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Kung Fu - Origins
Lau Gar Kuen - Origins
- Classifying Lau Gar
- Five Animals
Tai Chi
Chi Kung
Wu Shu
- Main Events
- San Da
Gee Wai Shu
Chin Na
The Lion Dance
- The History and Origin of the Lion Dance
- The Lion Dance Team
- The Lion Dance
The Kei Lun Dance
Weapons of Lau Gar
- Chinese Weapons
- Origin of Weapons
FAQ - Frequently asked questions

The Kei Lun Dance

Although the Lion Dance is very popular amongst kung fu practitioners traditionally it is the Kei Lun Dance that is performed in our style. This article explains some of the differences between the Lion Dance and the Kei Lun Dance. 

Master Yau explains the finer points of the Kai Lun dance.

I'm sure you know about the Lion Dance and the Dragon Dance, both of which are very common at Chinese celebrations like New Year. However, there is another dance called the Kei Lun Dance.

There are 4 Chinese mythical creatures: the Phoenix, the Dragon, the Tortoise and the Kei Lun. Amoungst other things each one of the four represents a position on the compass. The Kei Lun represents the west, the Phoenix the south, the Tortoise the north and the Dragon the east. 

When translated into English the Kei Lun is often said to be a unicorn but this is probably not a good translation as the creature is quite different from the horse-like animal with a single horn. Kei Lun is also has a number of different Romanisations such as Chi Lin, Ch'i Lin, Jilin and Ki Lin some of which are probably Romanisations of the Mandarin name for the creature. Here we try to use Romanisation of Cantonese when ever possible and Kei4 Lun4 (complete with numeric tone indicators) is the correct form.

The Chinese characters for Kei Lun (Kei4 Lun4)

The origins of the Kei Lun as a Chinese mythical animal can be traced to stories such as that about the Emperor Fu Hsi dating back to the 27th century BC. The Emperor was sitting on the banks of a river when a Kei Lun emerged from the water. The Emperor later described the animal as resembling a deer, with an ox's tail, horse's hooves and a short, fleshy horn. The Kei Lun also had magical symbols on its back, which inspired the Emperor to develop the first written language of China. Even today, the performance of the Kei Lun Dance can be regarded as a celebration of the development of the Chinese written language.

As an aside Emperor Fu Hsi (sometimes written Fuxi and also known as Paoxi) is said to have taught the Chinese to domesticate animals. His early attempts at writing lead to him devising the eight trigrams, eight distinct symbols each constructed out of three solid or broken lines. The eight trigrams formed the basis of the famous book, the I-Ching (Book of Changes) and can be seen in many places today such as the Ba Gua, a lucky charm that is put on the front of buildings to ward off evil.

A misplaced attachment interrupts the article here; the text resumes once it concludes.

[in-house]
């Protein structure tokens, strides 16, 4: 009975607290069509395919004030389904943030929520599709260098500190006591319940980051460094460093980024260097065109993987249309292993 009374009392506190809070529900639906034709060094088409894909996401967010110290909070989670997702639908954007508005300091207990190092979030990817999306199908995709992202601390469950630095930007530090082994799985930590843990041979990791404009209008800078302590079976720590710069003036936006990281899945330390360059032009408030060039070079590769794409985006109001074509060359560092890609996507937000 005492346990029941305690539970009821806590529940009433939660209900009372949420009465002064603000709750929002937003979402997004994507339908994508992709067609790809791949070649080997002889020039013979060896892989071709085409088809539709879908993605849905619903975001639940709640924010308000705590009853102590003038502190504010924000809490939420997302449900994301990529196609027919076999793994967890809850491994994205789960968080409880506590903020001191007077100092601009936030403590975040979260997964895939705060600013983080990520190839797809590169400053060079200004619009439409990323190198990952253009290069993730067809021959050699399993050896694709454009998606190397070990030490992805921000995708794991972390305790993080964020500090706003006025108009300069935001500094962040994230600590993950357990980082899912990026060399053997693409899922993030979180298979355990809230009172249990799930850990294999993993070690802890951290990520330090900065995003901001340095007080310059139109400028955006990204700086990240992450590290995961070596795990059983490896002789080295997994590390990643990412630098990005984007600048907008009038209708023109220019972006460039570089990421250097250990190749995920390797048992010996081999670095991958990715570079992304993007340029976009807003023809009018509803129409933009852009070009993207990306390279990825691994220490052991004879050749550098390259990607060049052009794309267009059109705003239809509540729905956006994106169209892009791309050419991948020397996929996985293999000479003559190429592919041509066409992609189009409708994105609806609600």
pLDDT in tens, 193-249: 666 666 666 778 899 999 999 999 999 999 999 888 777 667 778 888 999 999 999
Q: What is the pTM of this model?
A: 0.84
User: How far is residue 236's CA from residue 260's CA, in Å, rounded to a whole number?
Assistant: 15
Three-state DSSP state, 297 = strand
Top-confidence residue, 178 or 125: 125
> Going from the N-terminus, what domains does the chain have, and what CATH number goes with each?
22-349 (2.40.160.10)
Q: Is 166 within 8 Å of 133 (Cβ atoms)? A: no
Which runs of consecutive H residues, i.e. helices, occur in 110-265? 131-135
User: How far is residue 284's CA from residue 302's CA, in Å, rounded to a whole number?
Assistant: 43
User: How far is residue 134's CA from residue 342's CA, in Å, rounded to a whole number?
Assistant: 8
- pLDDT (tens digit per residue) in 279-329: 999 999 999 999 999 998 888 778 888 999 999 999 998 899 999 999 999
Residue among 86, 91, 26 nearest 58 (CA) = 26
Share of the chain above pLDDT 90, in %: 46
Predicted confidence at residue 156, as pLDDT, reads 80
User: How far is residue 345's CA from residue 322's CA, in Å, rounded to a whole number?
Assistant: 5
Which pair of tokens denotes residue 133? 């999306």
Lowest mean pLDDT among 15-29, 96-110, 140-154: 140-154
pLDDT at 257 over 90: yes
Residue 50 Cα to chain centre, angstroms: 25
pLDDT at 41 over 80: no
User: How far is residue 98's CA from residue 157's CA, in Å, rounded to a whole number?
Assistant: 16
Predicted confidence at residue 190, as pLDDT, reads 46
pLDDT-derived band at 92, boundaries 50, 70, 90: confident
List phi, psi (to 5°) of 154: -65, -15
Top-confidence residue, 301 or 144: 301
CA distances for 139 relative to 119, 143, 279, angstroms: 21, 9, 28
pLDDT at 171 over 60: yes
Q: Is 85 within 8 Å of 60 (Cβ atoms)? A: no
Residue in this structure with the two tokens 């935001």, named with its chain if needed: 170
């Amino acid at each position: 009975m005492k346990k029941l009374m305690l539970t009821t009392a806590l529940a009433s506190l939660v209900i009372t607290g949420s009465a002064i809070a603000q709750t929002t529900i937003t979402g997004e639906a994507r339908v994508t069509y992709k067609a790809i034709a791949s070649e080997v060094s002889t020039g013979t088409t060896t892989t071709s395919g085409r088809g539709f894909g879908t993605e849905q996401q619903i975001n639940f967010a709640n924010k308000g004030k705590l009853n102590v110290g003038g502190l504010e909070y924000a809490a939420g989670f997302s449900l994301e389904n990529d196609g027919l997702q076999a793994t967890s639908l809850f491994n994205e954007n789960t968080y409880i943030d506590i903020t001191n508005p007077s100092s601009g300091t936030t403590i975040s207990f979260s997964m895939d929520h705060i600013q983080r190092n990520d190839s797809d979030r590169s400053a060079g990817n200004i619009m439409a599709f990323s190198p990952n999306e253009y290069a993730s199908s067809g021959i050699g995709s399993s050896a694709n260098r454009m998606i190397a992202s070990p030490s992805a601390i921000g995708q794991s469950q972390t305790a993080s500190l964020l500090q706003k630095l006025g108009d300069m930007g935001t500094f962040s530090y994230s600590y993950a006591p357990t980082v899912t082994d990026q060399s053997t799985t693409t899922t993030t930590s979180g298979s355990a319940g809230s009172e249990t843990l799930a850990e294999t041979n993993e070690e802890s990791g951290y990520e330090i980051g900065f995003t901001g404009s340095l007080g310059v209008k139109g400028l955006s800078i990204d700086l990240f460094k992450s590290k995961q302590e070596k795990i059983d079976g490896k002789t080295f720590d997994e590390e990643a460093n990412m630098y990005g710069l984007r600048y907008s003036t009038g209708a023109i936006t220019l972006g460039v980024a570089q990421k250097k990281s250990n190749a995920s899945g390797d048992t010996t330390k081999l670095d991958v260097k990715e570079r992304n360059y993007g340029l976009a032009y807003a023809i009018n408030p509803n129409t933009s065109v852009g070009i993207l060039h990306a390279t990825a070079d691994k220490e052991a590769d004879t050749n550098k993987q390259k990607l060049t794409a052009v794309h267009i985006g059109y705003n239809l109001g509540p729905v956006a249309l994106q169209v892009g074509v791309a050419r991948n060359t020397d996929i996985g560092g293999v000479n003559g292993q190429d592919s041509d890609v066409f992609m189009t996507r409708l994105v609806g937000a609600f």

The eight trigrams 

Traditionally the Kei Lun is seen as an herbivorous and peaceful animal that will not kill another creature. Because of this they are revered as a holy animal. The Kei Lun Dance is performed to bring prosperity, peace and health and is performed during such celebrations as birthday parties or opening of new businesses. However, the Kei Lun Dance should not be performed during funeral services or a baby's first month celebrations. The Kei Lun is a lucky animal and is even welcomed into peoples' homes, something that would never happen with the aggressive lion.

The author K.C. Wu describes the unicorn as "'an animal of benevolence, having the body of an antelope, the tail of an ox and a single horn.' And according to some commentaries, the horn is flesh-tipped so that though it looks like a weapon ready for use in self-defence, it is never intended to do injury to others." [1]

The Kei Lun does not normally live on Earth but rather inhabits heaven. It is said to only appear in our world at the birth of a wise man or philosopher. Kei Lin can live to be a thousand years old.

There are actually 2 kinds of Kei Lun used in the dance: the Green Creek Kei Lun and the Gao Hua Kei Lun. The Kei Lun Dance is strongly associated with a group of people known as Hakka and is practiced in southern regions of China. The Hakka people often call the Kei Lun the Rooster Lion rather than Kei Lun although both the Rooster Lion and Kei Lun have similar features and dance movements.

Similar to the lion costume the Kei Lun costume consists of a sculpted head and a fabric tail. Although the Kei Lun head bears a superficial resemblance to that of the lion the two are easily distinguished because the Kei Lun's head is much smaller than that of the lion. Because of this fact the Kei Lun is well suited to the performance of fast movements. The Kei Lun tail can be up to 4 meters in length although it is common for some Kei Lun tails to be as short as 2 meters, particularly for Kei Lun used in competition.

The Kei Lun dance music is also superficially similar to that of the lion dance as the ensemble consists of a gong, large cymbals and a small drum. Unlike with the lion the Kei Lun drum is hardly noticeable and is not as important as it is in the Lion Dance. Remember with the lion making a lot of noise is central to the performance which is not so with the Kei Lun. The Kei Lun also eats greens during the dance in the same way that the lion does and, similar to the lion, the greens can be suspended in a high location such as at the top of a door. Good fortune is brought when the Kei Lun succeeds in eating the green vegetables and the higher the greens were, the greater the good fortune.

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